By Ben Blanchard and Michael Martina
BEIJING (Reuters) - Angered as the United States and its allies ignore Chinese calls to calm tensions over North Korea, and distracted by domestic concerns, China is largely sitting out the latest crisis with nuclear-armed Pyongyang.
While a conflict on the Korean peninsula would affect China, and in worst-case scenarios unleash a radioactive cloud or waves of refugees into its northeast, Beijing has kept a low profile as tension has escalated in recent days.
North Korea dismissed on Thursday warnings by U.S. President Donald Trump that it would face "fire and fury" if it threatened the United States as a "load of nonsense", and outlined plans for a missile strike near the Pacific territory of Guam.
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China, whose regular daily foreign ministry press briefings are suspended for a two week summer holiday, has said little in public about the situation this week, reiterating its usual calls for calm and restraint.
President Xi Jinping has been out of the public eye for more than a week, likely because he is at a secretive Communist Party conclave in the seaside resort of Beidaihe preparing for a key party congress in the autumn, diplomats say.
One Beijing-based Asian diplomat said China was also distracted by a protracted border dispute with India.
"China has different priorities and it's clear what they are," said the diplomat, speaking on condition of anonymity.
State media has as usual called for dialogue to end the crisis, but has also lambasted the United States and its allies for doing little to damp down the flames.
The official Xinhua news agency on Thursday accused Japan of "fishing in troubled waters", using North Korea as an excuse for its own remilitarization. Japan issued a defense white paper this week that warned it was possible that North Korea had already developed nuclear warheads.
Also Thursday, the influential Chinese tabloid Global Times said Washington "only wants to heighten the sanctions and military threats against Pyongyang".
MAD OVER THAAD
Seoul has fared little better, with China directing anger its way over South Korea's deployment of the Terminal High Altitude Area Defense (THAAD) anti-missile system. Beijing says THAAD threatens its own security, fearing that its powerful radar will see far into China, and will do nothing to bring North Korea back to talks.
"China is not too worried that the United States might suddenly attack North Korea. It is worried about THAAD," said Sun Zhe, co-director of the China Initiative of Columbia University's School of International and Public Affairs.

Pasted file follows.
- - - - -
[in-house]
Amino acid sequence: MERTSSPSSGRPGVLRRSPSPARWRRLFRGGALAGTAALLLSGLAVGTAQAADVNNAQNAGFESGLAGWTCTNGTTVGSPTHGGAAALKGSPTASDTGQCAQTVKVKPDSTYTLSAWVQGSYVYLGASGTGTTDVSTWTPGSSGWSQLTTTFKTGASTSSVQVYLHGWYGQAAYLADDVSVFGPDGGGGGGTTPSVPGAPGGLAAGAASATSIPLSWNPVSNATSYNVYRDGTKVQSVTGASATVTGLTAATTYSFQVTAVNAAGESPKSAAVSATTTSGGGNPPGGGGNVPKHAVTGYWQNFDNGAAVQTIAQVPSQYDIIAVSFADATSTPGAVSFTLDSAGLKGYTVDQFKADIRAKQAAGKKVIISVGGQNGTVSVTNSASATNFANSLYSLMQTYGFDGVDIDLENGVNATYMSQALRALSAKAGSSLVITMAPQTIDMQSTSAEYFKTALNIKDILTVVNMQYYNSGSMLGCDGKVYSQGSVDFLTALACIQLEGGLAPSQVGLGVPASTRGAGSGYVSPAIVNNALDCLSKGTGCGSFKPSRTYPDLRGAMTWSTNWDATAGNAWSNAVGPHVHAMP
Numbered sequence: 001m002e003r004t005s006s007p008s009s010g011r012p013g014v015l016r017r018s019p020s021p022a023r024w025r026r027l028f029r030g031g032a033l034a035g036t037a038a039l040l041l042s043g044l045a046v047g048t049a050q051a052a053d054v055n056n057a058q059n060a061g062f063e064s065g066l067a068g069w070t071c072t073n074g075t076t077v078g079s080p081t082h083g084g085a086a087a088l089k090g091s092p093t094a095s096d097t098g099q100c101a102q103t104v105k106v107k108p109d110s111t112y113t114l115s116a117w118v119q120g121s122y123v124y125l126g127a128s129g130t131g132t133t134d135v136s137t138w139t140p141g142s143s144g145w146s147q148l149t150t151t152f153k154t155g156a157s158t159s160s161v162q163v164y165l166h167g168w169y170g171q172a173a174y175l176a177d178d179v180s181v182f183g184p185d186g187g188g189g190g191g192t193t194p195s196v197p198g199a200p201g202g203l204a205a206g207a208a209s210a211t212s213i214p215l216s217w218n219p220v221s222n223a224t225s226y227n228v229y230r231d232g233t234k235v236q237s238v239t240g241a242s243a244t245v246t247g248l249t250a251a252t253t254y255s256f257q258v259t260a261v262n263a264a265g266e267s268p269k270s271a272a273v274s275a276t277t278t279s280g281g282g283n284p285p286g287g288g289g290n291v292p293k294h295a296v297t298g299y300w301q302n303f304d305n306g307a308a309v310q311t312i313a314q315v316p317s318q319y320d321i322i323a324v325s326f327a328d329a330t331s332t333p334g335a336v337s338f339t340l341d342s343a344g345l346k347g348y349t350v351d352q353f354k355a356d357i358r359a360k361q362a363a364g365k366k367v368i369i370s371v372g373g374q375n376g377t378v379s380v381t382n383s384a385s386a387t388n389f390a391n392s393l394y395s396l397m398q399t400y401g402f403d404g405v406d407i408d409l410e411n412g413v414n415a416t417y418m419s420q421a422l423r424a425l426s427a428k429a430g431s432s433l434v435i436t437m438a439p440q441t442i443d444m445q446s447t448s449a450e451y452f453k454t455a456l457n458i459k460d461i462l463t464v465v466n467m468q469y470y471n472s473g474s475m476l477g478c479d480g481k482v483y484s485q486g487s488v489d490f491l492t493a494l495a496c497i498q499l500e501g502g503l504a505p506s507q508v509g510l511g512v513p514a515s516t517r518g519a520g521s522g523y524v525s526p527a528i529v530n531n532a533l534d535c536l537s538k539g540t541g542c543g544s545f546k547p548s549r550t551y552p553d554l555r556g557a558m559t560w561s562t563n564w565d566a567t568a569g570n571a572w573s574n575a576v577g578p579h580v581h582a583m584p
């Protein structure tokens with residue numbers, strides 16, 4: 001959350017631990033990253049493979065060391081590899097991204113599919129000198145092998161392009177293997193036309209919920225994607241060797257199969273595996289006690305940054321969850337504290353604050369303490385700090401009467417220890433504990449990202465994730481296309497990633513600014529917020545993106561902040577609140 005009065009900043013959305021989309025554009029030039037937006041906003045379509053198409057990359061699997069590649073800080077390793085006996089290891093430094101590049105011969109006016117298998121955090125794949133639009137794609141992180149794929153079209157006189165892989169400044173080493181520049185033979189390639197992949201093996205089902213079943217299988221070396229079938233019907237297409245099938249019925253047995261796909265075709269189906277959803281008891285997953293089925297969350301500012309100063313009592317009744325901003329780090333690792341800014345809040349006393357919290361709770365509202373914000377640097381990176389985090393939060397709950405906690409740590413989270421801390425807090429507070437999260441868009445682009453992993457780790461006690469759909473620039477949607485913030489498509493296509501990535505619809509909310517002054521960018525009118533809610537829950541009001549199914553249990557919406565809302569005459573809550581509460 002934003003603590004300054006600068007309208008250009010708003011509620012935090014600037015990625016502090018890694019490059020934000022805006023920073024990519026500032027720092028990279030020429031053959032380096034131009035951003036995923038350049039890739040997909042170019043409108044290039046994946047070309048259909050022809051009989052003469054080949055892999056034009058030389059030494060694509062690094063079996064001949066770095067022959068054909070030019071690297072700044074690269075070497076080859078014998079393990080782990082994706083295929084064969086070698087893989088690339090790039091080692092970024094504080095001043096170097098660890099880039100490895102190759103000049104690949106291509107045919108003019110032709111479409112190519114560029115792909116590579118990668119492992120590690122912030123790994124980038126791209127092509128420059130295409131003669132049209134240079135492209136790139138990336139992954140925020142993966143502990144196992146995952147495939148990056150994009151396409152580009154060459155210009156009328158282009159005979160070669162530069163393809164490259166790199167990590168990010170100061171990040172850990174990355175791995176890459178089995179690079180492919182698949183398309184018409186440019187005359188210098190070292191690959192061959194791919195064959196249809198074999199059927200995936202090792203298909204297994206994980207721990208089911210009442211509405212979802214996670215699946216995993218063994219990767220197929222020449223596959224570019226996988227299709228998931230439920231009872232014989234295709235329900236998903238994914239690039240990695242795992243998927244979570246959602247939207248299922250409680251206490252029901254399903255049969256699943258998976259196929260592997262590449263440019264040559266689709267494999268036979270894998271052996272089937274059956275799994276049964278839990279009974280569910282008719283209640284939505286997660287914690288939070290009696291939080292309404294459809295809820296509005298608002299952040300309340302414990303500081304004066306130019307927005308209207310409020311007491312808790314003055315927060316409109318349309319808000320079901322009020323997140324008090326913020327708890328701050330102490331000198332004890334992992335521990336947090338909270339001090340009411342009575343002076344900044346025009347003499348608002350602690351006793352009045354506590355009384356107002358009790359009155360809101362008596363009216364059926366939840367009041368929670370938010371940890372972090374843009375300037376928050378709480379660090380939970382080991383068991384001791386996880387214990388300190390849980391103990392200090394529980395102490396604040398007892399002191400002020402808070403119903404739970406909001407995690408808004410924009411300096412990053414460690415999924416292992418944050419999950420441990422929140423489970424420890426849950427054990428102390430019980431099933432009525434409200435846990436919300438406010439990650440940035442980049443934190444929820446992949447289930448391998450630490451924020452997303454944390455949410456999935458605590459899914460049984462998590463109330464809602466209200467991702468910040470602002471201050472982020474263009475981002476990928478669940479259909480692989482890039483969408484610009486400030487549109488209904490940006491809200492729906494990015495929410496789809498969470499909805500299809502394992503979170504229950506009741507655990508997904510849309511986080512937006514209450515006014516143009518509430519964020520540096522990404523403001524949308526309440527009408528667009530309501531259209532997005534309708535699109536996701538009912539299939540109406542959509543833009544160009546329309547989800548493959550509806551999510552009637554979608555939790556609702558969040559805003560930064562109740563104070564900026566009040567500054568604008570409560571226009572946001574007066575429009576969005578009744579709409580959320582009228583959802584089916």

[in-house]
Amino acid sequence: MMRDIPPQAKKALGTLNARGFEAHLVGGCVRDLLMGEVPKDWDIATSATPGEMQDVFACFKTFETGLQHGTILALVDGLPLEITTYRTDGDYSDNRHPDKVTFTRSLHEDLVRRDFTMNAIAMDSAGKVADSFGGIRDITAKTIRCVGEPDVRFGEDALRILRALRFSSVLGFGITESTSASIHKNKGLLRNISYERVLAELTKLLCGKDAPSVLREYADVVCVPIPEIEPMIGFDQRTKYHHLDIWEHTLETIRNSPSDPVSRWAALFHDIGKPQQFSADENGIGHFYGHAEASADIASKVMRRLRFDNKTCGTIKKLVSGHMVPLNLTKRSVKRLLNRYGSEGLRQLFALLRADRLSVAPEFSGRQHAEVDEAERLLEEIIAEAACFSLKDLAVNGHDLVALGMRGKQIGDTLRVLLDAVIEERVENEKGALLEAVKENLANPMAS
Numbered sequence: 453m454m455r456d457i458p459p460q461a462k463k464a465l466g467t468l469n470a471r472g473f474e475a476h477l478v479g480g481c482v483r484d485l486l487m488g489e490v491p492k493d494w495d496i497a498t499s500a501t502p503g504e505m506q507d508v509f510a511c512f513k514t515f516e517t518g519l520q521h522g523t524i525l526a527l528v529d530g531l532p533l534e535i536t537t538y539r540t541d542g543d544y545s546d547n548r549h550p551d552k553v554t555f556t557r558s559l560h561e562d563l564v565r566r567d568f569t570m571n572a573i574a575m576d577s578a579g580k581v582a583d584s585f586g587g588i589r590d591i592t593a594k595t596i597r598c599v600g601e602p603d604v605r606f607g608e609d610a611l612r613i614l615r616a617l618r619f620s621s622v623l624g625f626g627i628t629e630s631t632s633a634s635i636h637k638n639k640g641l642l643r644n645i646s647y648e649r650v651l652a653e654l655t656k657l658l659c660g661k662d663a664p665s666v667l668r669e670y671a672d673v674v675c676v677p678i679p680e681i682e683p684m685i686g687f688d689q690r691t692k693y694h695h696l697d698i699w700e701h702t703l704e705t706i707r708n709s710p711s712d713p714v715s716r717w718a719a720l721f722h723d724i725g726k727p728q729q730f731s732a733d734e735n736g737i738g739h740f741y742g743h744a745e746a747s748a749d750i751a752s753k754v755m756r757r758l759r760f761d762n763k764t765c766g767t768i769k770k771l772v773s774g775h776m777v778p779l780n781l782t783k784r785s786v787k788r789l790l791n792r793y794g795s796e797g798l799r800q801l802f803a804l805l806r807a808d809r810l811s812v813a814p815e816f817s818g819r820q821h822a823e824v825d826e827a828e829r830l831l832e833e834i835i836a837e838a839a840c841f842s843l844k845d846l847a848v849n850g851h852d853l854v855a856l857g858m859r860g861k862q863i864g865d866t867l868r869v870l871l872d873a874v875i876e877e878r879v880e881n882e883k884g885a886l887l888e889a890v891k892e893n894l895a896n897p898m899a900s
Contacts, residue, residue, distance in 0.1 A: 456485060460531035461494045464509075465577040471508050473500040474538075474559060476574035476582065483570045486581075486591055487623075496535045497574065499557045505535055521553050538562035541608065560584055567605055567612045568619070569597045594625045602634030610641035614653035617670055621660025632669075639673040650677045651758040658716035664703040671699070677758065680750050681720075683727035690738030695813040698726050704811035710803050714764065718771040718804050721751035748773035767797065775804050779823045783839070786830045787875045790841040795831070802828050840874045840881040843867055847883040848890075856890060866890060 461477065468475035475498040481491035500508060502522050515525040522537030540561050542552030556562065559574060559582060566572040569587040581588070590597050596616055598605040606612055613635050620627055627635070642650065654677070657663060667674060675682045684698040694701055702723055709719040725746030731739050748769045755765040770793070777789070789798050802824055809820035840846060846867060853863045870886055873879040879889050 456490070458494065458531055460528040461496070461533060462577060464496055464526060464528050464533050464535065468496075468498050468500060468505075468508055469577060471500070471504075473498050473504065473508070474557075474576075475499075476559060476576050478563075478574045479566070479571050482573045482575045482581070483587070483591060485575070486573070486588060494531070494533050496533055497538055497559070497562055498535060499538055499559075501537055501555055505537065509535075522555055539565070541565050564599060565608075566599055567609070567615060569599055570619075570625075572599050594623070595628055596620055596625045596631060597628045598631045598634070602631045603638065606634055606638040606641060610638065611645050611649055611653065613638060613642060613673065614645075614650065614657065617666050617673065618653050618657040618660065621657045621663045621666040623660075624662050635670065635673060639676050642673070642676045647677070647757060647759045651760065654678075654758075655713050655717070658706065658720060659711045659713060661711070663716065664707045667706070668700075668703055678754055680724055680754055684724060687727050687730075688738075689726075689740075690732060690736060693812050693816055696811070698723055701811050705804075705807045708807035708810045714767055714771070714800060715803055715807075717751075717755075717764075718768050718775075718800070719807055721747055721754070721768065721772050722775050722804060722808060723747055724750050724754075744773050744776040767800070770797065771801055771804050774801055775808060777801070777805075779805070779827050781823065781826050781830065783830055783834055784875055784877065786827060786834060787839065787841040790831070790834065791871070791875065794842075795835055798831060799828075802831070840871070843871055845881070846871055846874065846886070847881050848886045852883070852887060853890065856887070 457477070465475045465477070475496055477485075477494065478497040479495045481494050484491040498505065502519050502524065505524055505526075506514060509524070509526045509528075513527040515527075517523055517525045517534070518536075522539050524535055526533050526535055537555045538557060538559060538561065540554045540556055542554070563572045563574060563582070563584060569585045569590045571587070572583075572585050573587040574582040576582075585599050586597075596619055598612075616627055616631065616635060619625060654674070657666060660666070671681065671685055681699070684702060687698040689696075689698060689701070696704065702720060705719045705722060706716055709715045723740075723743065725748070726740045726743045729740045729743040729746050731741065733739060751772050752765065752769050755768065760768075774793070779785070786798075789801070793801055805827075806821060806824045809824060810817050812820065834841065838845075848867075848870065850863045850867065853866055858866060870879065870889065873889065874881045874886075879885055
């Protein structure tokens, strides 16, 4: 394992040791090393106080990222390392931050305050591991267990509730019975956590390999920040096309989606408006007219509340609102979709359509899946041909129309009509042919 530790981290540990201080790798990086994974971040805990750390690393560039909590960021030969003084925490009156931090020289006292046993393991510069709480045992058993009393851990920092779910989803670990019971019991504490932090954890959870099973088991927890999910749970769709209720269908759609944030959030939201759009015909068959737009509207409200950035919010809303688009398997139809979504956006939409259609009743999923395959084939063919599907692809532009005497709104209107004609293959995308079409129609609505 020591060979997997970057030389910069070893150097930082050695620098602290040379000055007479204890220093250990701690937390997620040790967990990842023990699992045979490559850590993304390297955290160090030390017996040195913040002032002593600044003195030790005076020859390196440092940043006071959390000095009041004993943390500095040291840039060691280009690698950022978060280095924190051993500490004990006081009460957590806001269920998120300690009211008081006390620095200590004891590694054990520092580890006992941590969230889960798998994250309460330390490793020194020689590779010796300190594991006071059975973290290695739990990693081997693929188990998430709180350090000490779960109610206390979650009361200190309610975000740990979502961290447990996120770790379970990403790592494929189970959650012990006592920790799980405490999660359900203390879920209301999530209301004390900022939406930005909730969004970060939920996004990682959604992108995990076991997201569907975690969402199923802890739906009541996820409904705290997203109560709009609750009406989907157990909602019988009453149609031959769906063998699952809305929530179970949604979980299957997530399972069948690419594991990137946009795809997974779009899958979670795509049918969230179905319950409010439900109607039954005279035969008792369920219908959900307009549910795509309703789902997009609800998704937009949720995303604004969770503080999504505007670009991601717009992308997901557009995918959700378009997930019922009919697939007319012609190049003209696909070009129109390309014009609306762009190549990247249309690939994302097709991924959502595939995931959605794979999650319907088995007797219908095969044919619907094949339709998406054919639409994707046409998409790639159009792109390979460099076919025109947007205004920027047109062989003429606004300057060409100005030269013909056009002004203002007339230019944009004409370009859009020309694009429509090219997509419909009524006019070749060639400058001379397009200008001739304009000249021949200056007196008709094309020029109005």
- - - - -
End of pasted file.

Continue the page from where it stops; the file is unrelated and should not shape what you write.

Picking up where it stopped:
China remains North Korea's most important ally and trading partner, despite Beijing's anger at Pyongyang's missile and nuclear programs.
China has signed up for tough United Nations sanctions that were agreed on Saturday and says it is committed to enforcing them.
Yet Beijing has been upset by complaints from Washington and Tokyo it is not doing enough to rein in North Korea. The foreign ministry last month called for an end to what it termed the "China responsibility theory".
China also believes its influence over North Korea, whose relationship China used to describe as "close as lips and teeth," is limited.
"China has never 'owned' North Korea, and North Korea has never listened to China's suggestions," said Zhang Liangui, a North Korea expert at China's Central Party School, which trains rising officials.
"Neither North Korea nor the United States listens to China. They're too busy heading down the path to a military clash. There's not much China can do. China can't stop North Korea and it can't stop the United States."
China's recent relationship with North Korea soured around 2013 as Pyongyang stepped up its missile and nuclear programs, rejecting Chinese efforts to engage the country economically and encourage it to open up.
Chinese officials have for years doubted the efficacy of sanctions, although Foreign Minister Wang Yi said this week that they were needed. However, he said the final aim should be to resolve the issue via talks as only that would ensure lasting peace and stability.
Wang Dong, associate professor of international studies at the elite Peking University, said China had tried hard to prevent the situation from getting out of control. He also said Trump's domestic problems could play into the current crisis, referring to the U.S. investigation into possible Russian meddling in last year's presidential election.
"When facing increasingly difficult domestic problems, Trump might have an increasing incentive to do something. Maybe he initially would want a limited military conflict," Wang said. "So people are certainly worried about that."
(Editing by Philip McClellan)